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[From our man back from Chicago, Peter K. Austin, Endangered Languages Academic Programme, SOAS]

At the recent Linguistic Society of America annual meeting in Chicago, Sandra Chung from University of California Santa Cruz gave an invited plenary address on the topic “How much can understudied languages really tell us about how language works?” She argued, among other things, that data from understudied languages should play a crucial role in the development of linguistic theory since only by including them can we get a full picture of the array of phenomena found in human languages that need to be taken account of. She illustrated her talk with examples from her work on Chamorro, an endangered Austronesian language spoken on Guam.

During the question time following Sandy’s talk, one person commented something along the following lines (I paraphrase, since I was rather stunned to hear the opinion being openly expressed before a linguistics audience, and don’t recall the exact formulation):

“Linguistic research needs to concentrate on working with corpora and for the sort of languages you were talking about, like Chamorro, you will never be able to put together a corpus of sufficient size to be able to do anything meaningful. We should give up on the small (and disappearing) languages and concentrate on ones where we are likely to be able to get a decent sized corpus.”

There was quite a corpus buzz at the meeting (John Goldsmith gave an invited plenary talk entitled “Towards a new empiricism for linguistics” presenting his ideas about statistical corpus-based research), and I imagine many people had in mind ‘big language’ corpora of the 1-100 million words range (or perhaps even the two billion word corpus of English that the Oxford Dictionary folks have just compiled). At the Symposium on “Mobilizing Linguistic Resources Within Speaker Communities” (held after Sandy Chung’s talk) one of the presenters, Andrew Garett, was explicitly asked by an audience member how big was the text corpus for Yurok, the indigenous Californian language that he has been working on for some years and which has been the focus of recent language revitalization and teaching efforts.

So, should we just pack up, stop wasting our time, and leave the small languages alone? How big does a corpus have to be in order to be useful?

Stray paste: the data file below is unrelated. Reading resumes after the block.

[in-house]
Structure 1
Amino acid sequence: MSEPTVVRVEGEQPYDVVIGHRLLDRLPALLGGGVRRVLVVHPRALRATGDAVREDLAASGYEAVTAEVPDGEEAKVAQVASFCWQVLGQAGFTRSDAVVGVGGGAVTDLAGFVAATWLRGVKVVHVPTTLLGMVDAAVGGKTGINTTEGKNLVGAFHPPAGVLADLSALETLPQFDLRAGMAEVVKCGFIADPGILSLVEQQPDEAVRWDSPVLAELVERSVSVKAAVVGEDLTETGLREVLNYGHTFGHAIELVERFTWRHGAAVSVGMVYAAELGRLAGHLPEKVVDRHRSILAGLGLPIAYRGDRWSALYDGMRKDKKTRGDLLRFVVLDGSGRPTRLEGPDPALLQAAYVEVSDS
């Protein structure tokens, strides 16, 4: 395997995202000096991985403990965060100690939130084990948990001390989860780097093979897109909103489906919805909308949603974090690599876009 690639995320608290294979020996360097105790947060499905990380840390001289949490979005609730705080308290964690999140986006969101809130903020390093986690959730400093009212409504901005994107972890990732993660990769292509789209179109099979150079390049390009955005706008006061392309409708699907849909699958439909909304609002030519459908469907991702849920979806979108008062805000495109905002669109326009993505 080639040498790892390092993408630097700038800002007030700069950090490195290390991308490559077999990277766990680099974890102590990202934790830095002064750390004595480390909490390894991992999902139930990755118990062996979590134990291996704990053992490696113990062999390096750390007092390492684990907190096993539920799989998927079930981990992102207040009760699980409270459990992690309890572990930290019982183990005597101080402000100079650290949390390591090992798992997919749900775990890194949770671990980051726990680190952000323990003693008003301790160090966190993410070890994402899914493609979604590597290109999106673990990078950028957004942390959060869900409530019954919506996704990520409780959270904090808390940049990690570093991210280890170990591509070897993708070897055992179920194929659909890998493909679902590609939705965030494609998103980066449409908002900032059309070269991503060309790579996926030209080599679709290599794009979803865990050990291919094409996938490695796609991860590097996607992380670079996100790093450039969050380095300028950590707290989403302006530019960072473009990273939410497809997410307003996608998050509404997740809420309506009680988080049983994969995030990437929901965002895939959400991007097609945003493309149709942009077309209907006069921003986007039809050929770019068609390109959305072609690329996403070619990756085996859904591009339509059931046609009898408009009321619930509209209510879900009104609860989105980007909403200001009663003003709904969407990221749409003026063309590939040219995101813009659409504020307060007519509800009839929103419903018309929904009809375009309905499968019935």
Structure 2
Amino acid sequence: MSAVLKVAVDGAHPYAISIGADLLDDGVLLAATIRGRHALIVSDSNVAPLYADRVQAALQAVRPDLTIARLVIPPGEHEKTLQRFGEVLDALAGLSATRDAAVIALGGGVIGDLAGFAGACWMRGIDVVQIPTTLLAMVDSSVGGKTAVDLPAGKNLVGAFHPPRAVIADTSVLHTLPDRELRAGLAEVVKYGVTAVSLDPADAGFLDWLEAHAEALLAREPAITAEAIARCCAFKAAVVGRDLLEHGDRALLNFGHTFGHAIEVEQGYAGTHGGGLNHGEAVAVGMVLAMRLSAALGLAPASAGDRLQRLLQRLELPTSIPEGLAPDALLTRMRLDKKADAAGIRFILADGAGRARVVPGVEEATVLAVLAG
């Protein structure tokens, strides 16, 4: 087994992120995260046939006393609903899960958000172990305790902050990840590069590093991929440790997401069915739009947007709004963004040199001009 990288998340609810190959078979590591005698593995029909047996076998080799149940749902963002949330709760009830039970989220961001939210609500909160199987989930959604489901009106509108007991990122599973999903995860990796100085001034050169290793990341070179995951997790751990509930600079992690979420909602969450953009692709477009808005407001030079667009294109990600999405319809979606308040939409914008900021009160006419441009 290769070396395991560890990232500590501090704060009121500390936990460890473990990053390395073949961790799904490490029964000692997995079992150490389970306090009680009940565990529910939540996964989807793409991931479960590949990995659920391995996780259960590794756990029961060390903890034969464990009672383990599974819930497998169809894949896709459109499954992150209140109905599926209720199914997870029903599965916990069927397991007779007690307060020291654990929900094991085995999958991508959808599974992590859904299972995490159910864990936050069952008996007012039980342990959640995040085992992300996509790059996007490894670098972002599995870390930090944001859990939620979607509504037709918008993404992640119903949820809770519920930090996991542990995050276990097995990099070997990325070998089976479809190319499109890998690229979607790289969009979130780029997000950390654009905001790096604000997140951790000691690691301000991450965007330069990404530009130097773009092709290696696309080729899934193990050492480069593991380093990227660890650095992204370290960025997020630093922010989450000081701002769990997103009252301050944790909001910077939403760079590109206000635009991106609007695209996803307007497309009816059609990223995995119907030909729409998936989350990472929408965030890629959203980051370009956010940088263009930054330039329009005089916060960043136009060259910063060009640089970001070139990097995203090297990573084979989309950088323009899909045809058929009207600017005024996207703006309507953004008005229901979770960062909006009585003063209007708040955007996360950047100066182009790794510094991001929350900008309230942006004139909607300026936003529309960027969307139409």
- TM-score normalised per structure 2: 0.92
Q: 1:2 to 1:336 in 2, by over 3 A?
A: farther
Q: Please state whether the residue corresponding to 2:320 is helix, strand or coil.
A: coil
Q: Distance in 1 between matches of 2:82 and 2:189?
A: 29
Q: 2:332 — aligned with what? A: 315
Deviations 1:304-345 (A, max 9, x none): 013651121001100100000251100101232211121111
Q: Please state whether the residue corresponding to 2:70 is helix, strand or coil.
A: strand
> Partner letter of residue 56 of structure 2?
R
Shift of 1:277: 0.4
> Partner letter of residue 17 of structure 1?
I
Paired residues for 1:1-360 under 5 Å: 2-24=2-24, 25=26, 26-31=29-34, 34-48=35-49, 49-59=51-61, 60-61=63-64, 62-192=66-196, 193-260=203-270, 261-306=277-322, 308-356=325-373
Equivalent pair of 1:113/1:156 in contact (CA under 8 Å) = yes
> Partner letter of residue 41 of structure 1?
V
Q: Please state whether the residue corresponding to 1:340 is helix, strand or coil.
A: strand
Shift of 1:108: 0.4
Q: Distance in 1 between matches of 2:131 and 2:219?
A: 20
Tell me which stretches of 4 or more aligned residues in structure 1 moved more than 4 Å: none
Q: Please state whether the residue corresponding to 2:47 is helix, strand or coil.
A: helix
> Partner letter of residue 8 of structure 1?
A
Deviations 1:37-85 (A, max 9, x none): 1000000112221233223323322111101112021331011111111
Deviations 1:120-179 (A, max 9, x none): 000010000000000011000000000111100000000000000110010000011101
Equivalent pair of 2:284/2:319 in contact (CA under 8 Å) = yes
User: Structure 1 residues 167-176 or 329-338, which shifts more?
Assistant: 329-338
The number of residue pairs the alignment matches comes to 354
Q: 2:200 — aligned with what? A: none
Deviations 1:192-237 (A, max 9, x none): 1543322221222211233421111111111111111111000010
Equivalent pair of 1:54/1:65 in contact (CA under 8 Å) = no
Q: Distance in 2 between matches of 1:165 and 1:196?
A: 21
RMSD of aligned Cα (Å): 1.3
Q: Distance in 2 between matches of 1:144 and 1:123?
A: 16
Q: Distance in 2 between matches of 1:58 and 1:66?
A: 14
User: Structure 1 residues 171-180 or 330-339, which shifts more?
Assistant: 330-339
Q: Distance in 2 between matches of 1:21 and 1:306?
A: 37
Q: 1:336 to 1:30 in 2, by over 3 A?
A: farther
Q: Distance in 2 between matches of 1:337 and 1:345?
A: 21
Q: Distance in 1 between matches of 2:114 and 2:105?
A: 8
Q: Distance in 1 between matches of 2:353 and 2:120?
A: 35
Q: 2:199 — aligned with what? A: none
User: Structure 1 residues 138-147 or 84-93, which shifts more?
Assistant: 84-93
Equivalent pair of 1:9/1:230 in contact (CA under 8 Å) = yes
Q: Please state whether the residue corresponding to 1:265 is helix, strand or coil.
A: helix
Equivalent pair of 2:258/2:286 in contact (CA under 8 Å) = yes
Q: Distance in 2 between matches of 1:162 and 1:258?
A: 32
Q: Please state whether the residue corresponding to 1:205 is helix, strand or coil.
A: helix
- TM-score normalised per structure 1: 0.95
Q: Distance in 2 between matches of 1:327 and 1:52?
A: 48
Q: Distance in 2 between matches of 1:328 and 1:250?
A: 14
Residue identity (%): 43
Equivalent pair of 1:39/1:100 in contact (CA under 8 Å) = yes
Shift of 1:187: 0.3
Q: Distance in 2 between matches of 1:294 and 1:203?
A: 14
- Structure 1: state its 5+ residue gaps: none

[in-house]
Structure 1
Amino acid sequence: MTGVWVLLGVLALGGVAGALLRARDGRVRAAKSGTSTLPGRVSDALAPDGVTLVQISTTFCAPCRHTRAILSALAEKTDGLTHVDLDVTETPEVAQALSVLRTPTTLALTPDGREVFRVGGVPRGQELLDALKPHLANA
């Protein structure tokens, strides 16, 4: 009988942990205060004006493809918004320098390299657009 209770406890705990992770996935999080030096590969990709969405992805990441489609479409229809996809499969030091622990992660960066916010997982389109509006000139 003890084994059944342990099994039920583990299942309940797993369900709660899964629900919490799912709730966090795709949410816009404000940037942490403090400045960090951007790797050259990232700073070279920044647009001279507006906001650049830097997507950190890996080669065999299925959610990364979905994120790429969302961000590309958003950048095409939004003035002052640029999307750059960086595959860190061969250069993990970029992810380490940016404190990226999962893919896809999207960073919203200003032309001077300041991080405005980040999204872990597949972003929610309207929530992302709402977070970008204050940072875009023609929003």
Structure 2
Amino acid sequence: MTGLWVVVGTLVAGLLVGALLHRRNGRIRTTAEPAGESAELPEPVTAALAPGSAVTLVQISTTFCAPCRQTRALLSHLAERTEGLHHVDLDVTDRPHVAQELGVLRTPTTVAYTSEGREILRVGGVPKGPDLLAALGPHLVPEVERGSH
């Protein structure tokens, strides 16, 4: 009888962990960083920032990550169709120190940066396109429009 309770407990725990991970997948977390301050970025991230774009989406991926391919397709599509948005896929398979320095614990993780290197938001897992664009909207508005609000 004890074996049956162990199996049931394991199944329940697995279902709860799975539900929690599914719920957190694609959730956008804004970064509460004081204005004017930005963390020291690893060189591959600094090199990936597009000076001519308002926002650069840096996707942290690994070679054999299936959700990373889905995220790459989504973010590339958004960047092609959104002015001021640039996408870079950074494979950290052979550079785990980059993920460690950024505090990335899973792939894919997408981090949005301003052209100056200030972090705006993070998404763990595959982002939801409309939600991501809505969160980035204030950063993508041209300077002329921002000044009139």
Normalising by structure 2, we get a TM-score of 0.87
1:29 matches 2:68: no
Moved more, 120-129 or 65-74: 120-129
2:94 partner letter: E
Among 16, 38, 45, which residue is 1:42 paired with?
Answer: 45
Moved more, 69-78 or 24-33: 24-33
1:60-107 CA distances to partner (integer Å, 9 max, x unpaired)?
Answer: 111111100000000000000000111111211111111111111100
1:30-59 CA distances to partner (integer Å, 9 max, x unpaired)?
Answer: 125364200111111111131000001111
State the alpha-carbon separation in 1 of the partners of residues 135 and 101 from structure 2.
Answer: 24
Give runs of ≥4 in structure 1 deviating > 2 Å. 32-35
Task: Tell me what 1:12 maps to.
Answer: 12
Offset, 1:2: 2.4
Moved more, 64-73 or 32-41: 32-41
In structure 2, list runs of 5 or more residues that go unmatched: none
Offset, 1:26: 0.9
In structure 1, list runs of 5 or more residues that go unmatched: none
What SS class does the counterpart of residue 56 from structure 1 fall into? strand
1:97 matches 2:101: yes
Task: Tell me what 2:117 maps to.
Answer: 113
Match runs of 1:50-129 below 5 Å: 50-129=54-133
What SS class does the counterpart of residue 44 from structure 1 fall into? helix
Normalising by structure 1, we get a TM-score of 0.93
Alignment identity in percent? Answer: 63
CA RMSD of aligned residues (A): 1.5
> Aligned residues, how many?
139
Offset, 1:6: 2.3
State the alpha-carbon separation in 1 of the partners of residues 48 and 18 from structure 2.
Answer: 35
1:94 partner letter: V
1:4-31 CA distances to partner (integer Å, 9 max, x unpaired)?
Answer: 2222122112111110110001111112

A partial answer can be found in Friederike Luepke’s 2005 paper entitled “Small is beautiful: contributions of field-based corpora to different linguistic disciplines, illustrated by Jalonke” published in Language Documentation and Description, Volume 3. Friederike shows how her Jalonke corpus of 7,000 intonation units (roughly 6,000 clauses) of transcribed and glossed text data can be explored quantitatively and qualitatively to uncover significant information on verb argument structure and alternations, genre-based variation, language contact phenomena, and language standardization tendencies. It is an impressive demonstration of the value of a richly annotated ‘small’ corpus.

Alternatively, there is Andrew Garrett’s response to the LSA Symposium question: the Yurok corpus of audio and text data is larger than the corpus for Luwian, an extinct Indo-European language that has played an important role in elucidating the Anatolian branch. It’s also bigger than that for Palaic, or several other languages that are ‘well respected’ in historical linguistics research.

Size is just one measure of value, and a pretty poor one it seems to me when it comes to endangered languages corpora in particular.


Andrew Taylor contacted me with the following information which he has given me permission to reproduce here:

"Your recent contribution on corpus size reminded me of a paper given by Leonard Newell of SIL Philippines at a conference on lexicography in Manila in 1992, in which he discussed this issue. I no longer have the paper, alas, but if I remember correctly he then suggested aiming for a corpus of a million words. The paper, 'Computer processing of texts for lexical analysis' was published in the conference proceedings (Papers from the first Asia International Lexicography Conference. Manila: Linguistic Society of the Philippines Special Monograph No. 35).

Then, in his Handbook on Lexicography for Philippine and Other Languages (Linguistic Society of the Philippines, Special Monograph No. 36, 1995) the third chapter, Developing a textual corpus, deals with a range of issues involved in compiling a useful corpus. The last section is 3.8, The size of the corpus for a modest project. By this time, his suggestion was for a somewhat larger corpus.

He estimated that a keyboarder could, conservatively, collect, enter, and do a spelling edit on about one million words of text in a year and goes on to say 'Based on the experience of the Romblomanon project, a corpus yielding about three million morphemes is considered both attainable and adequate to meet the needs of a modest lexicographic project on a lesser-known language' (p.43). However, he does acknowledge the limitations of human and financial resources which usually apply to projects on languages with small numbers of speakers. (I notice the change from words to morphemes in his paragraph, which would affect the count.)

I am not suggesting his view is correct, and he may well have changed it subsequently, but it is an interesting early attempt to quantify the problem."

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